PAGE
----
I attended the HashiConf EU conference in Amsterdam last week and took the opportunity to speak to many of the HashiCorp Vault Software Engineers about this dilemma of running Vault on a Kubernetes cluster. The underlying message I got is that HashiCorp do not recommend running Vault in Production inside containers; however, they do recognise that some organisations will accept the increased risk and will deploy into Kubernetes, which is the reason they are currently working on Helm Charts to help these organisations deploy Vault into Kubernetes clusters quickly and reliably.
Running Vault Clusters on virtual machines is the most secure way to host Vault in Cloud environments. The underlying technology that enables virtual machines to work is different to the underlying technology that enables containerisation and has a smaller attack surface. Virtual machines are run on Hypervisors, which is a technology that allows physical resources such as Storage disks, CPU cores, Memory and Network Interface Cards (NICs) to be accessed and consumed by virtual machines. Hypervisors typically sit on top of an operating system, much like KVM sits on top of Linux Operating systems and Hyper-V sits on top of Windows operating systems. These Operating Systems are installed on bare metal servers.
The reason that this a more secure way to run Vault in production than containers is the fact that each virtual machine has its own operating system installed on it, which each have their own kernel, libraries and binaries. The image below depicts the difference between container technologies and Hypervisor technologies
For organisations that still have on-premise data centres hosting physical servers, running your production vault clusters on bare metal may be an option for them. The bare metal option is the most secure way of running Vault clusters in production as the hardware doesn’t share itself with any other tenants. It provides you with complete control of the operating system and the underlying hardware.
This option does come with the most upfront cost to implement as you will need to procure dedicated server hardware for this deployment and will require physical resources to rack & stack the required hardware in the data centre and configure the networking accordingly. This option is most commonly used by financial organisations who’s secrets are business critical and need the minimum attack surface exposure for compliance reasons as their systems hold financial data that underpins their very existence and in some cases the national / international economy.
Making a decision
When making a decision as to how to host and run your Vault production clusters, I want to emphasise the fact that architectural design in general is a business driven exercise and should always exist to serve the purpose of achieving the business goals. There are some questions to which you need to seek answers for to help make the right decisions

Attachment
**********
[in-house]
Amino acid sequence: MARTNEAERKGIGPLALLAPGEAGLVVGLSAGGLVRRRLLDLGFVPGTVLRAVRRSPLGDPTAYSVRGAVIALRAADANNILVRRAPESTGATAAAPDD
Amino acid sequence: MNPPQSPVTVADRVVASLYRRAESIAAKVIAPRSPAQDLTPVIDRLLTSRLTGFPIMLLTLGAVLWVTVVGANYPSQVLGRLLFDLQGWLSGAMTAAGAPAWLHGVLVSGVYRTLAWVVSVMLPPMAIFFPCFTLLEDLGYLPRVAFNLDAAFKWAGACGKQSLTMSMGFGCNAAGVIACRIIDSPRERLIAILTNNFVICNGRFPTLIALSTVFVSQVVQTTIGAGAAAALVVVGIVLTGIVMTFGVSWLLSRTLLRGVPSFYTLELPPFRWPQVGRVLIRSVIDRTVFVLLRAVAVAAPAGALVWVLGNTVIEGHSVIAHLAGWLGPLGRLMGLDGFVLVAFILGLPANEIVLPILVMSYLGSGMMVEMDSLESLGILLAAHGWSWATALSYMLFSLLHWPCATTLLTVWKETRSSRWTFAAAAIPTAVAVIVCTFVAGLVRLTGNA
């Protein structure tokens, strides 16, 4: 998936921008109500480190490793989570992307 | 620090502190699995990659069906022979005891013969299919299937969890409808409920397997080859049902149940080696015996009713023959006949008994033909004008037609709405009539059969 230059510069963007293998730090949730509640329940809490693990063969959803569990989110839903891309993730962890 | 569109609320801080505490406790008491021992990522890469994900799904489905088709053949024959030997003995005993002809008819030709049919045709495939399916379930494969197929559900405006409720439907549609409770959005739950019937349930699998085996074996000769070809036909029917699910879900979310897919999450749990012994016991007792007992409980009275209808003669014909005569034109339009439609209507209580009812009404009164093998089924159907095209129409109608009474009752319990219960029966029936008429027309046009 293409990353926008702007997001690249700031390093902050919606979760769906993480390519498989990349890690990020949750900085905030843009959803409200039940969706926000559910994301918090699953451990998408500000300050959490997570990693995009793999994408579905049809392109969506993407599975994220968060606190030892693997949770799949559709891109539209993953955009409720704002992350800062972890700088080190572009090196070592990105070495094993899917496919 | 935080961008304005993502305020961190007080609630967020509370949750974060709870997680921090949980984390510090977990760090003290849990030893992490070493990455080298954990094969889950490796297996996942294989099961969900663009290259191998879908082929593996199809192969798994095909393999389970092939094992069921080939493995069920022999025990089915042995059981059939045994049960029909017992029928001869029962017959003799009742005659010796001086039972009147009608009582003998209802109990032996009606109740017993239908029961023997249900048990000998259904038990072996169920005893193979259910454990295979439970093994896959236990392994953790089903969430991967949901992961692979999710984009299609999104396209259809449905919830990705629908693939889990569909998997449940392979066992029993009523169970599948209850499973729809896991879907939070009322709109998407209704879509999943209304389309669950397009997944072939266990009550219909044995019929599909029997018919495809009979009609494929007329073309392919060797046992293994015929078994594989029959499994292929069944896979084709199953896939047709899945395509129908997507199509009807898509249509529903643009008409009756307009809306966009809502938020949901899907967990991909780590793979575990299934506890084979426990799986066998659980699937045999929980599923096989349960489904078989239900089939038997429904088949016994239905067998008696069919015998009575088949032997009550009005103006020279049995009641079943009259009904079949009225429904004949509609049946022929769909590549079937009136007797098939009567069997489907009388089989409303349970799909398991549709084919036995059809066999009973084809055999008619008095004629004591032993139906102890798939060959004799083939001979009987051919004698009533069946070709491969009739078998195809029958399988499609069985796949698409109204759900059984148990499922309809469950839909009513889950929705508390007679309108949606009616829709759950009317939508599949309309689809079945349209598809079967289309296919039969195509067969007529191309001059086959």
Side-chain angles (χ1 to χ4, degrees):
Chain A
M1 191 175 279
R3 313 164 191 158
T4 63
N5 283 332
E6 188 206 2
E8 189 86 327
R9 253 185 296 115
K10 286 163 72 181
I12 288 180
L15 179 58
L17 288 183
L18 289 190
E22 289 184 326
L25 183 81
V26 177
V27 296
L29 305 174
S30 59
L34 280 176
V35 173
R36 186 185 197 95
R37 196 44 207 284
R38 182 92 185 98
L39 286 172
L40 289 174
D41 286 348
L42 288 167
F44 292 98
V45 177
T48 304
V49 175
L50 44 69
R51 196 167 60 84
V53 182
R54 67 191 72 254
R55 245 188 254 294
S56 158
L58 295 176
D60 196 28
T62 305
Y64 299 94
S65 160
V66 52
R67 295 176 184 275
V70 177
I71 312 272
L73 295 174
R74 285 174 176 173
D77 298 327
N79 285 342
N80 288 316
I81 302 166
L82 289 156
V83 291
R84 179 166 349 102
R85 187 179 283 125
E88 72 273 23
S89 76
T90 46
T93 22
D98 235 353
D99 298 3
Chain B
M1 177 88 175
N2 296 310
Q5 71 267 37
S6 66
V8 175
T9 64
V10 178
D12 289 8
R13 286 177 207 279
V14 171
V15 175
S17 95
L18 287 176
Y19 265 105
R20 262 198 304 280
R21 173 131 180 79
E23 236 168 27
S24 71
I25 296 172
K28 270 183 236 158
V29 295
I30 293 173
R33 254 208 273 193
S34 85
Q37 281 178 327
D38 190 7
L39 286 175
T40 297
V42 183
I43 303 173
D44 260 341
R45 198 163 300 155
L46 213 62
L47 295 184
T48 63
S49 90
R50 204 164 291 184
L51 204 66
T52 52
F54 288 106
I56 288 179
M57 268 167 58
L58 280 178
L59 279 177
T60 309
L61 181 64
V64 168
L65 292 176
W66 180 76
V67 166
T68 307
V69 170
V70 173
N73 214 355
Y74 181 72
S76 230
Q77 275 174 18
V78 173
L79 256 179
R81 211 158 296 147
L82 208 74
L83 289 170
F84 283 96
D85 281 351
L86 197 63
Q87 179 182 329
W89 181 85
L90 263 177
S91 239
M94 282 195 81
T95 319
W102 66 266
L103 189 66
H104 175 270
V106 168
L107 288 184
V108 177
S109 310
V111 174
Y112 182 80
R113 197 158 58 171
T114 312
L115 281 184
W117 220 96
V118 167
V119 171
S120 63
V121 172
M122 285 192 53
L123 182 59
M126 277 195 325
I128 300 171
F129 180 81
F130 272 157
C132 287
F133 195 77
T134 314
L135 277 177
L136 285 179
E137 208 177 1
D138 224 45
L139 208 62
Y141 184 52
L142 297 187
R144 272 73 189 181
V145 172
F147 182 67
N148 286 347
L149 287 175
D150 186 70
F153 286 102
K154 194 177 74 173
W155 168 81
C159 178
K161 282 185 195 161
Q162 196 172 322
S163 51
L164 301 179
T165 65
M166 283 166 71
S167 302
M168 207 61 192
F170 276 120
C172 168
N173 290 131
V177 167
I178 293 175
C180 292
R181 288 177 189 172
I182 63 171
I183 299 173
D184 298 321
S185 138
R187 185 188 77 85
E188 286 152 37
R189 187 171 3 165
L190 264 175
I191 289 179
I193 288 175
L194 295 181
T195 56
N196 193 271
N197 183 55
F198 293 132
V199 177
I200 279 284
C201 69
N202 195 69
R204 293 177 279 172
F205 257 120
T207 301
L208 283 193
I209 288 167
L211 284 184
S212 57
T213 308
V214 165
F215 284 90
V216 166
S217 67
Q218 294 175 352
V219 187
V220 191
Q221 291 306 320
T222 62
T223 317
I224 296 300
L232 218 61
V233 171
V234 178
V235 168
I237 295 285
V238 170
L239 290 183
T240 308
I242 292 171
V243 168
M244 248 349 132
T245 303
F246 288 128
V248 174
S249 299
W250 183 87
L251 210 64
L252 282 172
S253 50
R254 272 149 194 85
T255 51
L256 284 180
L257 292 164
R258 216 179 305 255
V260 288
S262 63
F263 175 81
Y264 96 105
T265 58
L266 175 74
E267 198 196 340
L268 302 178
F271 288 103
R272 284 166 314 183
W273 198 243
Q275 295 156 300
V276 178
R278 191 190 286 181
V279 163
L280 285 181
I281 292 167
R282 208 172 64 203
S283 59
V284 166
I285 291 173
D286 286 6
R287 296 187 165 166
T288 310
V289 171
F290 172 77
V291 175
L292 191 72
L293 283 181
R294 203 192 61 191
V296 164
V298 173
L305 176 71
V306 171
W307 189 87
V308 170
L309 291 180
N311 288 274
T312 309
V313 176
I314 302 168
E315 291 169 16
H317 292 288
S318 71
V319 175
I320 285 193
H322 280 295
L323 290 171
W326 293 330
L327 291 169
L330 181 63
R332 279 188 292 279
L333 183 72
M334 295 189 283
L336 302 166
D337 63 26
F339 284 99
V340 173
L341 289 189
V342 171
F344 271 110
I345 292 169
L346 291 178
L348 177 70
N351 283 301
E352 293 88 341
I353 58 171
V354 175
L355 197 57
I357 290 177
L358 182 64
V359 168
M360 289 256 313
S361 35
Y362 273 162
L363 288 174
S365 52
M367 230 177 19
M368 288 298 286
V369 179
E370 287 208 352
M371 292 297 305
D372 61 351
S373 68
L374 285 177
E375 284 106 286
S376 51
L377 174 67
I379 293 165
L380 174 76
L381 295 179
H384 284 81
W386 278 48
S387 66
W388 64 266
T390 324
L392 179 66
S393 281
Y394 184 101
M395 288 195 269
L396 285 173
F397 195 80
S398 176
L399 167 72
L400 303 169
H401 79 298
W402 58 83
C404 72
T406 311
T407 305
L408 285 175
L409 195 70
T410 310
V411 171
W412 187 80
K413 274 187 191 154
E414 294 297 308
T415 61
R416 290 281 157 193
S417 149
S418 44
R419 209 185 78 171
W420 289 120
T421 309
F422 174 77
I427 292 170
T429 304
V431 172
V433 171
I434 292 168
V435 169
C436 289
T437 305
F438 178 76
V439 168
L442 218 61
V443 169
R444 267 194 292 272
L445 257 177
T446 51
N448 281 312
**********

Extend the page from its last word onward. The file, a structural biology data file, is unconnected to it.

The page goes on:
- What is the cloud strategy of the organisation — If your organisation has a cloud strategy, you should understand what the long term goals are for this strategy, for example, if currently there is a mix of on-premise and cloud work loads, is the aim to migrate everything to the cloud and retire the data centre? In this example, bare metal is probably not the most appropriate option to align to your business goals.
- What is the value of the secrets to the organisation — The answer to this question is key and can often dictate whether your Vault cluster should be hosted and run on premise or in the cloud. The example mentioned earlier with secrets unlocking access to financial data would more often than not, influence the decision to use Bare metal installations.
- Budget constraints — If cost of running and time to value is of the upmost importance then you may consider using VMs to get you up and running quickly but if in the cloud, these VMs will increase your cloud costs and still impact any budget constraints. If you are already running Kubernetes clusters in the cloud, running Vault clusters in containers is probably the most cost effective solution; however, it comes with the security trade-off mentioned earlier. Bare metal installations will take the longest amount of time to deploy as you will need to undertake a procurement exercise and hardware installation tasks before you can start configuring your Vault instances and this can take many weeks or in some cases months.
Somewhere between the answers to these three questions will be the answer to your main question which is, what platform do I host my vault cluster on?
To conclude this chapter, I will leave you with a quote from the Vault Production Hardening guide for you to ponder.
“Similarly, running on bare metal should be preferred to a VM, and a VM preferred to a container. This reduces the surface area introduced by additional layers of abstraction and other tenants of the hardware.”